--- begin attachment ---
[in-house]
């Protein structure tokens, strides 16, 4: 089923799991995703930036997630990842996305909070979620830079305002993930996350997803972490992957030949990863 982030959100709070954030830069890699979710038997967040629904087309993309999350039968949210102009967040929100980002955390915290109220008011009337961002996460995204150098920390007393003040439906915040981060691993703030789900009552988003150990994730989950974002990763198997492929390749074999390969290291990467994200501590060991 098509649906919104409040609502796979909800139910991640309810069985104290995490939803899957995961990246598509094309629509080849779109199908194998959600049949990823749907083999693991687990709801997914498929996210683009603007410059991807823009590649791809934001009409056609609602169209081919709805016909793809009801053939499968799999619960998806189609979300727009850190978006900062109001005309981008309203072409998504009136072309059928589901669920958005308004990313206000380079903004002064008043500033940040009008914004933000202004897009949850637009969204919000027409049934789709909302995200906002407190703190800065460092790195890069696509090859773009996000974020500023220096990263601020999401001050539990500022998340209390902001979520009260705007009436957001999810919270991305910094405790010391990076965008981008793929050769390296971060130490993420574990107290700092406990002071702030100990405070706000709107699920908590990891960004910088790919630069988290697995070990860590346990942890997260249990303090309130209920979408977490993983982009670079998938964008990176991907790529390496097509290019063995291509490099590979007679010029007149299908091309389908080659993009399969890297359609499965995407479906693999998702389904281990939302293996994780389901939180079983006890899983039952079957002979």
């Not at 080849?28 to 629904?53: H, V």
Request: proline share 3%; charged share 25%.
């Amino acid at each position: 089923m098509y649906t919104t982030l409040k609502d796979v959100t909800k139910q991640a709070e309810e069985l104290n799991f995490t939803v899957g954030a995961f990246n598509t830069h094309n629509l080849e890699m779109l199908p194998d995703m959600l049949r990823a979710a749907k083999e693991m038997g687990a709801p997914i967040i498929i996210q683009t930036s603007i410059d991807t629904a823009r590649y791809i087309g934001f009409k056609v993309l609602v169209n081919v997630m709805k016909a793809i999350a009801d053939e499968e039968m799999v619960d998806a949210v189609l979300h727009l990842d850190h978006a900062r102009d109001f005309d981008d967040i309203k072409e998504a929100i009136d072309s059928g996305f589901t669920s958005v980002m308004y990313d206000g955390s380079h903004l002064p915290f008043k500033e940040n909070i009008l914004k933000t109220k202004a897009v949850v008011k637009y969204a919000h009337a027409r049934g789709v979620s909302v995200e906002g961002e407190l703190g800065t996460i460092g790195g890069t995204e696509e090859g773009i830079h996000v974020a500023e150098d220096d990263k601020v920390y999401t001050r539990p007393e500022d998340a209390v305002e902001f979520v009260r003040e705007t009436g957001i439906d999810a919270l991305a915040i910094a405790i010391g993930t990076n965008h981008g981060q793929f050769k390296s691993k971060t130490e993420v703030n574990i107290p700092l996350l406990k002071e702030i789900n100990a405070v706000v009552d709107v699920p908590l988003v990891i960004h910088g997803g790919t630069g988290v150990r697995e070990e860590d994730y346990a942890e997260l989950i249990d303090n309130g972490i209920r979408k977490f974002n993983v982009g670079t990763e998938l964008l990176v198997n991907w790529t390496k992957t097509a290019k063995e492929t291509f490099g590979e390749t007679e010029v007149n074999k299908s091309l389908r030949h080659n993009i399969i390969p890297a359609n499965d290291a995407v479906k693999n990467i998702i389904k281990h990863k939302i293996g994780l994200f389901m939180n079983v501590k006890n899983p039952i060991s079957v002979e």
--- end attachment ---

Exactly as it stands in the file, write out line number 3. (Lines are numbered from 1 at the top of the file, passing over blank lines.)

């Not at 080849?28 to 629904?53: H, V």